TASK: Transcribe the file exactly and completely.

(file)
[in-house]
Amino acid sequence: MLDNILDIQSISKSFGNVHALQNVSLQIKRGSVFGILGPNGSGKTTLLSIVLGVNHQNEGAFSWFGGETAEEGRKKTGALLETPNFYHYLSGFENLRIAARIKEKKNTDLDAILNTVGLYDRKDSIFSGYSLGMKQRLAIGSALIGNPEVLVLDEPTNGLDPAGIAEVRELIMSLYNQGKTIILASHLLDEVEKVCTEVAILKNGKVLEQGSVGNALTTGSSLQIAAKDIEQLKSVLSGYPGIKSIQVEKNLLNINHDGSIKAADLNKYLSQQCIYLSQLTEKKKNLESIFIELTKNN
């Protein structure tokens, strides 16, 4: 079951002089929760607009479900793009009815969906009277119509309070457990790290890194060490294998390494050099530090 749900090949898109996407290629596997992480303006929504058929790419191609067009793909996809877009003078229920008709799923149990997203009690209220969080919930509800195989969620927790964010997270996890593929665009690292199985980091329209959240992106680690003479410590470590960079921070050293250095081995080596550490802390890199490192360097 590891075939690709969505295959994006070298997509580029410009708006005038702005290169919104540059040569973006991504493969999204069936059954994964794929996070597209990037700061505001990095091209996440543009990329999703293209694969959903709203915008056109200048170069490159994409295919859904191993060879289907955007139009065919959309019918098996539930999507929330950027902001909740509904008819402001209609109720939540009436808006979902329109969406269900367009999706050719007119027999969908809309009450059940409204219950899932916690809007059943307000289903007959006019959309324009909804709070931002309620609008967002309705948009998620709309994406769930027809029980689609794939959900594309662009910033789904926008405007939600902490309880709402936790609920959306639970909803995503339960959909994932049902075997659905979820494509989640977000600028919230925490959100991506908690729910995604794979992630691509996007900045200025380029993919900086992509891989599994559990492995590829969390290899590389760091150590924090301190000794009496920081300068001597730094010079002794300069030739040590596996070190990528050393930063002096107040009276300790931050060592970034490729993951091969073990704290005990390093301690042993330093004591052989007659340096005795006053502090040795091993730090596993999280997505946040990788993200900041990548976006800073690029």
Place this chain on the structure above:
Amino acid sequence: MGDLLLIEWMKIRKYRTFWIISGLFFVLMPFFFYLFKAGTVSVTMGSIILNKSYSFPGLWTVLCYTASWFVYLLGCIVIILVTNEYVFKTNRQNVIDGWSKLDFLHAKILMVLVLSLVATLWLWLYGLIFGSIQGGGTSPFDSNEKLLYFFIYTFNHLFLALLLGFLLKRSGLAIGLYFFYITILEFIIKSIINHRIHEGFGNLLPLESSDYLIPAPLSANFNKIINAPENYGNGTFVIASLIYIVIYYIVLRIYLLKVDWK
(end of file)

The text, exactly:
[in-house]
Amino acid sequence: MLDNILDIQSISKSFGNVHALQNVSLQIKRGSVFGILGPNGSGKTTLLSIVLGVNHQNEGAFSWFGGETAEEGRKKTGALLETPNFYHYLSGFENLRIAARIKEKKNTDLDAILNTVGLYDRKDSIFSGYSLGMKQRLAIGSALIGNPEVLVLDEPTNGLDPAGIAEVRELIMSLYNQGKTIILASHLLDEVEKVCTEVAILKNGKVLEQGSVGNALTTGSSLQIAAKDIEQLKSVLSGYPGIKSIQVEKNLLNINHDGSIKAADLNKYLSQQCIYLSQLTEKKKNLESIFIELTKNN
């Protein structure tokens, strides 16, 4: 079951002089929760607009479900793009009815969906009277119509309070457990790290890194060490294998390494050099530090 749900090949898109996407290629596997992480303006929504058929790419191609067009793909996809877009003078229920008709799923149990997203009690209220969080919930509800195989969620927790964010997270996890593929665009690292199985980091329209959240992106680690003479410590470590960079921070050293250095081995080596550490802390890199490192360097 590891075939690709969505295959994006070298997509580029410009708006005038702005290169919104540059040569973006991504493969999204069936059954994964794929996070597209990037700061505001990095091209996440543009990329999703293209694969959903709203915008056109200048170069490159994409295919859904191993060879289907955007139009065919959309019918098996539930999507929330950027902001909740509904008819402001209609109720939540009436808006979902329109969406269900367009999706050719007119027999969908809309009450059940409204219950899932916690809007059943307000289903007959006019959309324009909804709070931002309620609008967002309705948009998620709309994406769930027809029980689609794939959900594309662009910033789904926008405007939600902490309880709402936790609920959306639970909803995503339960959909994932049902075997659905979820494509989640977000600028919230925490959100991506908690729910995604794979992630691509996007900045200025380029993919900086992509891989599994559990492995590829969390290899590389760091150590924090301190000794009496920081300068001597730094010079002794300069030739040590596996070190990528050393930063002096107040009276300790931050060592970034490729993951091969073990704290005990390093301690042993330093004591052989007659340096005795006053502090040795091993730090596993999280997505946040990788993200900041990548976006800073690029």
Place this chain on the structure above:
Amino acid sequence: MGDLLLIEWMKIRKYRTFWIISGLFFVLMPFFFYLFKAGTVSVTMGSIILNKSYSFPGLWTVLCYTASWFVYLLGCIVIILVTNEYVFKTNRQNVIDGWSKLDFLHAKILMVLVLSLVATLWLWLYGLIFGSIQGGGTSPFDSNEKLLYFFIYTFNHLFLALLLGFLLKRSGLAIGLYFFYITILEFIIKSIINHRIHEGFGNLLPLESSDYLIPAPLSANFNKIINAPENYGNGTFVIASLIYIVIYYIVLRIYLLKVDWK